The oil price will once again be front and center for many investors on Wednesday, with the commodity seeing a 2 percent fall. This weekend sentiment across the globe with European shares trading in the red and the Shanghai composite losing 2.3 percent overnight.

Back in the U.S., existing home sales data will be released at 10 a.m. ET.

Article Link to CNBC:

Trump's Real Magic Number Is Less Than 1,237

GOP elite whisper about a lower threshold for the front-runner to clinch the nomination.

By Eli Stokols
April 20, 2016

Even before Donald Trump’s big win in New York Tuesday night, the conversations among party officials and high-level operatives about a contested Republican convention were already shifting dramatically.

The magic number of delegates for Trump to clinch the nomination on the first ballot, likely to be his best and perhaps only chance to do so, remains 1,237. But there are now whispers that the real number of delegates Trump must win by June 7, when the final contests take place, may be lower.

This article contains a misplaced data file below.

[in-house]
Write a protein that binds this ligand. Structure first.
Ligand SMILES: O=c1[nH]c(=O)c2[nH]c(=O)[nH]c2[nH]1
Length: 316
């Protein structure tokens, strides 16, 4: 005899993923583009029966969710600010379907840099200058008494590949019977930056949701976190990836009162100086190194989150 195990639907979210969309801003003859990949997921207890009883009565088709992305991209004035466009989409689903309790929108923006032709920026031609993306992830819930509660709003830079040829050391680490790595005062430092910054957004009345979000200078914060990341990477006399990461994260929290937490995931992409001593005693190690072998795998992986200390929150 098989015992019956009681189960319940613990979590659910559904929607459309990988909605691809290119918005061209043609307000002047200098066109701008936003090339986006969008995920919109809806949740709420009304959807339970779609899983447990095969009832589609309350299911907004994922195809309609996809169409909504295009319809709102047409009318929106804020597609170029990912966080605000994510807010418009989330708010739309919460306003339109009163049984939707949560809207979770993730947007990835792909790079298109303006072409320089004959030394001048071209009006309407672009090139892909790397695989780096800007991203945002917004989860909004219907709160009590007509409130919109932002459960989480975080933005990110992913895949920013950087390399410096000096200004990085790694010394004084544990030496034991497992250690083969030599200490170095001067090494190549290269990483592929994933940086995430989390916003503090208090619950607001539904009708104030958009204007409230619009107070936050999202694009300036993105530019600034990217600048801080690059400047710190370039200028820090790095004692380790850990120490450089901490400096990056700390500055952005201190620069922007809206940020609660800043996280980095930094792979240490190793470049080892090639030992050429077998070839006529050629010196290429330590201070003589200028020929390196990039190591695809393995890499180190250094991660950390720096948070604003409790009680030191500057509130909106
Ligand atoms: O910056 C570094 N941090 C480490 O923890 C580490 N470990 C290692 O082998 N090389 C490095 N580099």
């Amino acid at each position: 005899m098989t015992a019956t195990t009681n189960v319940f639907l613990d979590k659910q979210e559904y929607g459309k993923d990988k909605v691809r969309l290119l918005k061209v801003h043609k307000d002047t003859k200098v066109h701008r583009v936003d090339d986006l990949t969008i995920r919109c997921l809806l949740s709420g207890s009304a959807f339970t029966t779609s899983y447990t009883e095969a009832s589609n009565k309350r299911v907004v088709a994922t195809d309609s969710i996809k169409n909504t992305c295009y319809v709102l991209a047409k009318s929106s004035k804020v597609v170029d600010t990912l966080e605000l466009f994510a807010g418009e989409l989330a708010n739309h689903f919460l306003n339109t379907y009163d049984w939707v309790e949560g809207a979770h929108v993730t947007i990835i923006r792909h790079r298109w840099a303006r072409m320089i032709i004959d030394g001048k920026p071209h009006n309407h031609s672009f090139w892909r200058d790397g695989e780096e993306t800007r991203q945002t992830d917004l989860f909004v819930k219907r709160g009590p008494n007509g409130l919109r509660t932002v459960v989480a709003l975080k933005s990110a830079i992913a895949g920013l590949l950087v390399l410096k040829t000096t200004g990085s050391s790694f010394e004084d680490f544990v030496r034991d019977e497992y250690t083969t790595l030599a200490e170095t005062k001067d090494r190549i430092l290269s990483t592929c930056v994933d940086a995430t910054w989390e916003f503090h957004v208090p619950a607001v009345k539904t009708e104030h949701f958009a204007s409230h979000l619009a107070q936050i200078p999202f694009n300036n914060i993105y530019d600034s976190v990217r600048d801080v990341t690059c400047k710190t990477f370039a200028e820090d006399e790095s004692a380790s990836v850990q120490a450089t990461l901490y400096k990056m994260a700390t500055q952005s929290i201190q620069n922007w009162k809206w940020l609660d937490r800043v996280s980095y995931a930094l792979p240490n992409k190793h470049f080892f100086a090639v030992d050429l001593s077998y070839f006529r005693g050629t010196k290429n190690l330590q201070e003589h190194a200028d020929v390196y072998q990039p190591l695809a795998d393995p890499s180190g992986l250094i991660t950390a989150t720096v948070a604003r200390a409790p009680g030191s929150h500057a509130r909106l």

“The closer he gets to 1,237, even if he doesn’t get all the way there by the final primaries, the more likely he cobbles it together,” said one RNC member attending the quarterly party meetings in Florida, where sideline conversations are focused on this subject. “There are plenty of delegates that are unbound on first ballot, you’ve just got to go find them.”

When the convention opens in Cleveland in mid-July, roughly 200 delegates will arrive as free agents, unbound by the results of primaries or caucuses in their states. Trump’s campaign is confident they can win as many of them as they must in order to get to 1,237 on the first ballot.